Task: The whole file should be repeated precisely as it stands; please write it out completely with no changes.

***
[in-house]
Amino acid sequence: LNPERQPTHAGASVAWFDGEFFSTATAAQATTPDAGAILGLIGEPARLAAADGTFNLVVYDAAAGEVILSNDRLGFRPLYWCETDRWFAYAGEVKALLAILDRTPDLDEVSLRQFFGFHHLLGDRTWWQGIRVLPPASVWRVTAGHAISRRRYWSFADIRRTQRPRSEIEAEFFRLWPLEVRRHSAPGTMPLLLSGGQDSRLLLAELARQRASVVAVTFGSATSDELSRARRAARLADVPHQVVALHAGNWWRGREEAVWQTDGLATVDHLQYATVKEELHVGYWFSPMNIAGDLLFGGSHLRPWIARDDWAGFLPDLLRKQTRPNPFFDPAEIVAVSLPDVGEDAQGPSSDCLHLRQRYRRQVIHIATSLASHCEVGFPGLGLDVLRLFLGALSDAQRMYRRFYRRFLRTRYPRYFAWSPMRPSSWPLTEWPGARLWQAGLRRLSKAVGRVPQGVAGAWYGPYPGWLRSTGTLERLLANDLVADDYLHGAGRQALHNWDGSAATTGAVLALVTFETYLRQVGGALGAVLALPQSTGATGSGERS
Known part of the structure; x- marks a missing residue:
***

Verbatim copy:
[in-house]
Amino acid sequence: LNPERQPTHAGASVAWFDGEFFSTATAAQATTPDAGAILGLIGEPARLAAADGTFNLVVYDAAAGEVILSNDRLGFRPLYWCETDRWFAYAGEVKALLAILDRTPDLDEVSLRQFFGFHHLLGDRTWWQGIRVLPPASVWRVTAGHAISRRRYWSFADIRRTQRPRSEIEAEFFRLWPLEVRRHSAPGTMPLLLSGGQDSRLLLAELARQRASVVAVTFGSATSDELSRARRAARLADVPHQVVALHAGNWWRGREEAVWQTDGLATVDHLQYATVKEELHVGYWFSPMNIAGDLLFGGSHLRPWIARDDWAGFLPDLLRKQTRPNPFFDPAEIVAVSLPDVGEDAQGPSSDCLHLRQRYRRQVIHIATSLASHCEVGFPGLGLDVLRLFLGALSDAQRMYRRFYRRFLRTRYPRYFAWSPMRPSSWPLTEWPGARLWQAGLRRLSKAVGRVPQGVAGAWYGPYPGWLRSTGTLERLLANDLVADDYLHGAGRQALHNWDGSAATTGAVLALVTFETYLRQVGGALGAVLALPQSTGATGSGERS
Known part of the structure; x- marks a missing residue: